The first time I tasted a beer I really didn't like it. It was a sneaky sup of foam from the voluminous frothy head of my mother's glass of Guinness that she had unwittingly left lying around the house. It was nasty and intensely bitter to my 7 or 8 year old taste buds, and I couldn't fathom the slightest reason why she would willingly drink it. I've since learned that the head is always more harshly bitter than the body of the beer because hop compounds rise up with C02 and impregnate the foam. Perhaps if I had delved a little deeper into the glass my experience would have been different.
I'll jump along decade or so now and tell you about the first 'proper' beer I tried. My girlfriend of a few months, and now my wife to be, took a trip to Prague in 1999 and brought me back a Budvar gift pack containing two cans of the illustrious lager and a tall porcelain receptacle painted with jaunty looking fellows enjoying some of the local produce. I think I was supposed to drink from this, but really didn't like the idea of not being able to see the beer within. I still hold this prejudice today. Sadly this was another beer related assault on my tender taste buds. I thought it too bitter and struggled to enjoy it. I'll hold my hands up and admit that up to this point my beer tastes did not extend much beyond the macro produced fizzy yellow fluids that the student bar was knocking out on the cheap, so a true Bohemian hoppy lager was quite an assault on my palate. Still, it was good news for my Dad because he greedily finished of the remains of my can and dispatched with the remaining can just as deftly.
So, the Irish couldn't do it for me, and the Czechs fared little better. Who was to come along and rescue me from a life in the beer wilderness? Well, it was the Germans with their more approachable wheat beers sporting almost novelty like foam and a curious haziness. I recall an evening shortly after the Budvar affair when I insisted my girlfriend take a walk with me to one of the more progressive Dublin off licenses that stocked Erdinger. You see, while these more flavourful beers weren't exactly working out for me, I knew I had to persevere because a little voice told me that there were wonders to behold if only I could find the right beer to ease my way in. Erdinger proved to be that beer, and I still think that the more inoffensive wheat beers are the perfect gateway beer for neophytes because you have the sensation of drinking something completely different to your usual tipple, but it doesn't offend the senses too much. I got a little cocky however, and rather than progress to perhaps a Schneider or Paulaner weisse, I spied a bottle of Aventinus in Dublin's one craft beer pub and jumped right in. Needless to say I couldn't finish it, and I decided to take things a little easier from then on. An evening in Dublin's Porterhouse with a half German friend of mine proved to cement my love of beer. I tried a great many beers with him over a number of weeks and got to grips with numerous styles, but I knew the transition had been completed when, after a number of months seeking out and drinking exclusively craft beer, I tried a pint of my former favourite tipple and wondered where all the flavour had gone. I know now of course that there was little or no flavour there in the first place, but it was quite an eye opener and I realised I could never go back.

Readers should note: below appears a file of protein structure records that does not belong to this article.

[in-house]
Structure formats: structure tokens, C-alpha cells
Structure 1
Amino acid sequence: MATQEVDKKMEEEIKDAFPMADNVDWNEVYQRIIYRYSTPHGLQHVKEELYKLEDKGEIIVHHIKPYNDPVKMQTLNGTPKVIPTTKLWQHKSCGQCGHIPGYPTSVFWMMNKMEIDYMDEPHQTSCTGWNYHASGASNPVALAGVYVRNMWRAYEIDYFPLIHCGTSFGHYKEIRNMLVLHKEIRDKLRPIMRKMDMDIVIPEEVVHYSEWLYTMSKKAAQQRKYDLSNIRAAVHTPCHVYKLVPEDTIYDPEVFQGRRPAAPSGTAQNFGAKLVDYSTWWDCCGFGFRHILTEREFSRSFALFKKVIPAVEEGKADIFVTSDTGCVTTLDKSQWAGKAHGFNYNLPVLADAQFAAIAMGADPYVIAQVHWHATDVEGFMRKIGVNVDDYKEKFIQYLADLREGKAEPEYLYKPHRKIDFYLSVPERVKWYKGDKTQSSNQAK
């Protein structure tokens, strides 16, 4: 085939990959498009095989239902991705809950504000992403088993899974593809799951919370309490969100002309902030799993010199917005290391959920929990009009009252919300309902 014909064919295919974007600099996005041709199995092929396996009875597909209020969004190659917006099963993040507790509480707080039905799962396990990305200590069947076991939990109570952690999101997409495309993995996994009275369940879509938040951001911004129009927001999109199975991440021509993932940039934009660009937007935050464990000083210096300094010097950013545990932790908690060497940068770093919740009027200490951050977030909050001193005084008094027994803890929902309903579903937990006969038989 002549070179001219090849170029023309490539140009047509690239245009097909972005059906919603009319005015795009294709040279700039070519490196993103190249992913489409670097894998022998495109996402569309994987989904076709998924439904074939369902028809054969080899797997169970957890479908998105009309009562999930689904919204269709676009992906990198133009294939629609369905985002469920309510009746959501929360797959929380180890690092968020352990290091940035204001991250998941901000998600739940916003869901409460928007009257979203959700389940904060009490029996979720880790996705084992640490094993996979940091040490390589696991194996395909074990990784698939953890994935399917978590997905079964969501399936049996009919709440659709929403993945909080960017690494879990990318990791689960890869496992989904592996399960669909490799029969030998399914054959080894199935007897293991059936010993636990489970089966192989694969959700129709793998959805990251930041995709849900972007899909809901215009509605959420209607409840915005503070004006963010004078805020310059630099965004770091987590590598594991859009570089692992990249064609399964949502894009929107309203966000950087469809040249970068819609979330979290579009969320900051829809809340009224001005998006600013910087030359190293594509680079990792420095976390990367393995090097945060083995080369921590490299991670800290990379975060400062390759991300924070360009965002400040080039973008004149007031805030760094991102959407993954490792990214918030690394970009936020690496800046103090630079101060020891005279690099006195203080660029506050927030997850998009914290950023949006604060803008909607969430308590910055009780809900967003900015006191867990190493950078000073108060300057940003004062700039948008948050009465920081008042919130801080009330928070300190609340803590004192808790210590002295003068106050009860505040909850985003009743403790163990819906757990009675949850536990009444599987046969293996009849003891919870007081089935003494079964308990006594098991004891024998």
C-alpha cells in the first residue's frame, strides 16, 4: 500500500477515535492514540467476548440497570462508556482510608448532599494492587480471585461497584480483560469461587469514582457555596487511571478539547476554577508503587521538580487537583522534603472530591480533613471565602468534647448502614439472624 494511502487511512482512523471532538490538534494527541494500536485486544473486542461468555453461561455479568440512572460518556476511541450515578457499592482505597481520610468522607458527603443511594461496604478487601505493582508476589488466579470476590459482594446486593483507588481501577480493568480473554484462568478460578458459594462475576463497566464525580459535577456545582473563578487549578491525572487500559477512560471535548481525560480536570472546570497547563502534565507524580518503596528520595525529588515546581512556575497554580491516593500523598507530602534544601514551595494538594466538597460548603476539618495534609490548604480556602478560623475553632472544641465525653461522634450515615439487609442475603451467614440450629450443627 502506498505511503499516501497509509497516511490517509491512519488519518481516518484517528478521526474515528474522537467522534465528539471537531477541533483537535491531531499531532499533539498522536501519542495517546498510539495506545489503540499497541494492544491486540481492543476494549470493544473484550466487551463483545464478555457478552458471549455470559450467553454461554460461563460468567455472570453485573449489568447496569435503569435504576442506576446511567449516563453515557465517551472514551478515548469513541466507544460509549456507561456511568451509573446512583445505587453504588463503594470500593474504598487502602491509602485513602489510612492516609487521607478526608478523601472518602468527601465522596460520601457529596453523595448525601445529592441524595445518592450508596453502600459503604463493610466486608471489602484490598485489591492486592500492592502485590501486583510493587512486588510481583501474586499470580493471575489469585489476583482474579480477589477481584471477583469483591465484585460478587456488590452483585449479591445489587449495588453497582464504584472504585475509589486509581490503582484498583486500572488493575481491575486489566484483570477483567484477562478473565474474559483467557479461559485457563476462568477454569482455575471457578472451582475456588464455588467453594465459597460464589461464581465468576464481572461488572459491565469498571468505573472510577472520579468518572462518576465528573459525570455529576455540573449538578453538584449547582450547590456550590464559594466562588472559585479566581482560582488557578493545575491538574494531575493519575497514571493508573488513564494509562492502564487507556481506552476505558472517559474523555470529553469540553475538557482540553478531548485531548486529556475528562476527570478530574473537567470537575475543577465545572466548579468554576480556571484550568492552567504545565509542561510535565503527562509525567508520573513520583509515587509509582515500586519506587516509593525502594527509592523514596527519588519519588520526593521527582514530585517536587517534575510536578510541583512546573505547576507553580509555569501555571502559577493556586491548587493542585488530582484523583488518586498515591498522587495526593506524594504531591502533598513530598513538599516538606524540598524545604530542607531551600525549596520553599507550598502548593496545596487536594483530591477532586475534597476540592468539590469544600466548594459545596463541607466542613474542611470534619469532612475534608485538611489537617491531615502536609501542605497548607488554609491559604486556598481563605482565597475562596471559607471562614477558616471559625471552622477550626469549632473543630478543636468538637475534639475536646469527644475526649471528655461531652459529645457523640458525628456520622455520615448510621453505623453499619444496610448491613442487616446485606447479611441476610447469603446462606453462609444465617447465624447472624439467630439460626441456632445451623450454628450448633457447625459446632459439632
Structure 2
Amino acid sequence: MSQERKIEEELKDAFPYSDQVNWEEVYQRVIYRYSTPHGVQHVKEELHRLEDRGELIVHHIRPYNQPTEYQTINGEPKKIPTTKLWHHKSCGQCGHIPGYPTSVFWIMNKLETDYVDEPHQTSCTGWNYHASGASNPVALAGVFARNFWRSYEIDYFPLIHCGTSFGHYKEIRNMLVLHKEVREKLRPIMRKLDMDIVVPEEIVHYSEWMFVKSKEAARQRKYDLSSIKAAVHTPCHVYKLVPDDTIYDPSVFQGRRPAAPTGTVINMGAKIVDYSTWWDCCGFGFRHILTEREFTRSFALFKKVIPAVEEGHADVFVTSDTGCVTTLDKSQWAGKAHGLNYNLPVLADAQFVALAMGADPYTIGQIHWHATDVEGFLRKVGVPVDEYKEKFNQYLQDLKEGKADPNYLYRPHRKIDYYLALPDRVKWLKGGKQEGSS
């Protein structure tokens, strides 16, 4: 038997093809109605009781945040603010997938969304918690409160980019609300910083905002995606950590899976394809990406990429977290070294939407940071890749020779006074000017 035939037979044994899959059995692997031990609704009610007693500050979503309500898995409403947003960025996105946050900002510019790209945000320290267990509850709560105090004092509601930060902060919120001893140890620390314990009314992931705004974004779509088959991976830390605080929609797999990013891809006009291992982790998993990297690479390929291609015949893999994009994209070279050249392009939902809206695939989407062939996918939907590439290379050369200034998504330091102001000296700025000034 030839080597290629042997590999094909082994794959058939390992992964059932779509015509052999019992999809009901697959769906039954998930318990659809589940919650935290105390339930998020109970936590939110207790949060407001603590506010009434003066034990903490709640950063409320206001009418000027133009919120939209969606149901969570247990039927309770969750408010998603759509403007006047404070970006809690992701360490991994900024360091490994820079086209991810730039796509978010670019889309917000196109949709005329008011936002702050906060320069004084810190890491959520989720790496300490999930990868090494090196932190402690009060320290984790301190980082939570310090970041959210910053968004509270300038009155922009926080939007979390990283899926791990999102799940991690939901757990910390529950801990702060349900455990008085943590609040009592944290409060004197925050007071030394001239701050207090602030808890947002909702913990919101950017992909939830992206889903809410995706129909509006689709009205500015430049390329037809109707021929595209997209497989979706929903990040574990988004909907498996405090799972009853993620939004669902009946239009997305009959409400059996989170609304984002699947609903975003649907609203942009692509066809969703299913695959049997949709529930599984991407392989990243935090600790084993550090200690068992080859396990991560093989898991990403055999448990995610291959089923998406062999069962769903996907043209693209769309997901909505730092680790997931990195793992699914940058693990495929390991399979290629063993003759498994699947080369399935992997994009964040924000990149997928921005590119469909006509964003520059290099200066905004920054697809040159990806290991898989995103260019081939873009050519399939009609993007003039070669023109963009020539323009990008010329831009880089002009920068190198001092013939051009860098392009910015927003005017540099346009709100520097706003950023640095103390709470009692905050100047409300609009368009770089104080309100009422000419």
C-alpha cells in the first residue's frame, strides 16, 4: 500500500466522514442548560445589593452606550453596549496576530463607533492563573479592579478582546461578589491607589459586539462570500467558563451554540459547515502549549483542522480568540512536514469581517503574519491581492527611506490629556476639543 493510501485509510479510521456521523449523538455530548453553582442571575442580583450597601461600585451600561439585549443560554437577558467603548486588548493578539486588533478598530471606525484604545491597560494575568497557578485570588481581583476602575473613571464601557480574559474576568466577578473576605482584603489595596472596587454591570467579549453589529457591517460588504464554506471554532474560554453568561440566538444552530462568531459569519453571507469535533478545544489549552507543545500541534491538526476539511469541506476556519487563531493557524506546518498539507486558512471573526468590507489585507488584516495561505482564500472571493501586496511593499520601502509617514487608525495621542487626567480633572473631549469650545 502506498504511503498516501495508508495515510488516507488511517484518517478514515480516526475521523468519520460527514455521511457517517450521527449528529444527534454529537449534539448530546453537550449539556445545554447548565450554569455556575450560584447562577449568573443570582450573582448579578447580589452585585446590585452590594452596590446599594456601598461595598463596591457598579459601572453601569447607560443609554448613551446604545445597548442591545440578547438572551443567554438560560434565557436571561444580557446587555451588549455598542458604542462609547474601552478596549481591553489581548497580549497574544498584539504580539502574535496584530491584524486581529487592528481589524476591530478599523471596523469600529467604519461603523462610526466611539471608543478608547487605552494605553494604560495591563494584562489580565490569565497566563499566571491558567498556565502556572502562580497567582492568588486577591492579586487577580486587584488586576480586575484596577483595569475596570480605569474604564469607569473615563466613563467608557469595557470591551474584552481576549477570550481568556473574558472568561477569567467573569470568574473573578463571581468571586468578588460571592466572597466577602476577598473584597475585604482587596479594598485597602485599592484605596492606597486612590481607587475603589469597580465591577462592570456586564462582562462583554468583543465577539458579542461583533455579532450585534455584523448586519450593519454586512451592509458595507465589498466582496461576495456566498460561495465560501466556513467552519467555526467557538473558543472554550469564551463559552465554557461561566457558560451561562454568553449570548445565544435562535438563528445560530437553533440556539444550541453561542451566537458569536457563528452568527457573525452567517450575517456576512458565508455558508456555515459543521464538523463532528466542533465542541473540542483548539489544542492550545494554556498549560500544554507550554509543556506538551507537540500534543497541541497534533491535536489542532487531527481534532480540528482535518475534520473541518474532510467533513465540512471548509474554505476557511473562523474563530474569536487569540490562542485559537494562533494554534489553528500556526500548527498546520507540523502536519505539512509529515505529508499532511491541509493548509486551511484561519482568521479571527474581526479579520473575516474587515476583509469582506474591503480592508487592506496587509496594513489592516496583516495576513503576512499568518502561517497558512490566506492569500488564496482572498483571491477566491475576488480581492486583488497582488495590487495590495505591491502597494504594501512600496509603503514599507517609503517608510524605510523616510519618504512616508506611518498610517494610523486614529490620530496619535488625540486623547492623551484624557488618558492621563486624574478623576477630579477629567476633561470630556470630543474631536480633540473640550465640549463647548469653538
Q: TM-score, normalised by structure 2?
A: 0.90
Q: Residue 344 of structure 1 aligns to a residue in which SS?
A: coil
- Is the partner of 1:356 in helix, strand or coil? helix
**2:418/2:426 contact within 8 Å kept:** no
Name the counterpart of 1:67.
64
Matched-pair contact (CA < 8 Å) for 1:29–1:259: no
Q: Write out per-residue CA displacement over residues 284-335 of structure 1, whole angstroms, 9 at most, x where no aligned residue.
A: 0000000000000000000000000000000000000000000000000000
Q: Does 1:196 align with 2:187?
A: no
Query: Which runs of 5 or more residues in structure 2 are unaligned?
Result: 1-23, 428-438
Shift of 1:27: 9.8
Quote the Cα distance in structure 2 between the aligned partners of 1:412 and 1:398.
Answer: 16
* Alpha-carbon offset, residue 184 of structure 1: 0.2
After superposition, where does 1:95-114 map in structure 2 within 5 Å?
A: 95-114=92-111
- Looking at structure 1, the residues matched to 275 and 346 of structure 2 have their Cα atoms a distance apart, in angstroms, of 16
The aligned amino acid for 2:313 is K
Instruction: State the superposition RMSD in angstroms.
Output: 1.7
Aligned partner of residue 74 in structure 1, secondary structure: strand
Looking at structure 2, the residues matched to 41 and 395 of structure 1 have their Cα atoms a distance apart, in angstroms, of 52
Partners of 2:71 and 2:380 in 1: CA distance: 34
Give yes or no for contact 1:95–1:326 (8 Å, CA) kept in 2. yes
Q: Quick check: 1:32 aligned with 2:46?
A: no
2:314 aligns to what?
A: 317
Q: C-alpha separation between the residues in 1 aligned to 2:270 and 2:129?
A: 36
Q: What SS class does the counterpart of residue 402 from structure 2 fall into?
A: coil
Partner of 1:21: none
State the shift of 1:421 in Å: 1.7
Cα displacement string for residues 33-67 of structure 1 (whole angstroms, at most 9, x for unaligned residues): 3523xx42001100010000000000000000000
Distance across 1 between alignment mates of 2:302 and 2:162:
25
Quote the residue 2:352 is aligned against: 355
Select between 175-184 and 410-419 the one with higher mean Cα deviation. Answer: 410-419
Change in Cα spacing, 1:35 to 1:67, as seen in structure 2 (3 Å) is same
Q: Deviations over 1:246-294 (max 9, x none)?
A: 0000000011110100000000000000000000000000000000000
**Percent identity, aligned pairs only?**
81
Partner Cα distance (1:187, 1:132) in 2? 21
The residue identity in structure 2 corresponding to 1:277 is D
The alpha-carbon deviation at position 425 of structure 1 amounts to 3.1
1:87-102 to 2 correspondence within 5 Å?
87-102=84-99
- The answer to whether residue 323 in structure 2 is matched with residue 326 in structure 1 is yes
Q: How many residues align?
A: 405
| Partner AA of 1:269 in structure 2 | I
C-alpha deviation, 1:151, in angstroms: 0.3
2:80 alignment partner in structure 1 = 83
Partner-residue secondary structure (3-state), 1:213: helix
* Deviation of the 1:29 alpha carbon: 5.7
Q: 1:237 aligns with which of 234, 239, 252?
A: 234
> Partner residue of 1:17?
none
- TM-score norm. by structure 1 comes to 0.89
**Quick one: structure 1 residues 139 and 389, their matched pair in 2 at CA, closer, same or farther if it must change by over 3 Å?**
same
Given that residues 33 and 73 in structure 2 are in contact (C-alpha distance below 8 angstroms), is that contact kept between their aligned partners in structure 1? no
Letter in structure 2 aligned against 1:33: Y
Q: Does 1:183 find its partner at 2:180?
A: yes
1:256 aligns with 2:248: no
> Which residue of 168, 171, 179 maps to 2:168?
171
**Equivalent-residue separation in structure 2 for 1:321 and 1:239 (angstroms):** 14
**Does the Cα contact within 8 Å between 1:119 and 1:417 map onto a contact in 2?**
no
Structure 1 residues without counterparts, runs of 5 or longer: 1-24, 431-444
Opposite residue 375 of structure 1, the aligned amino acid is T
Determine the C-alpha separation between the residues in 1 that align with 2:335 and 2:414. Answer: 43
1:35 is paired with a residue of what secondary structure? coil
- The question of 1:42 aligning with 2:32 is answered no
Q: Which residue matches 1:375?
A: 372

I brew my own now, and probably produce some of the most bitter beer in the country from my small kitchen brewery. I can't get enough of hop flavour, aroma and bitterness. Funny how things work out, isn't it?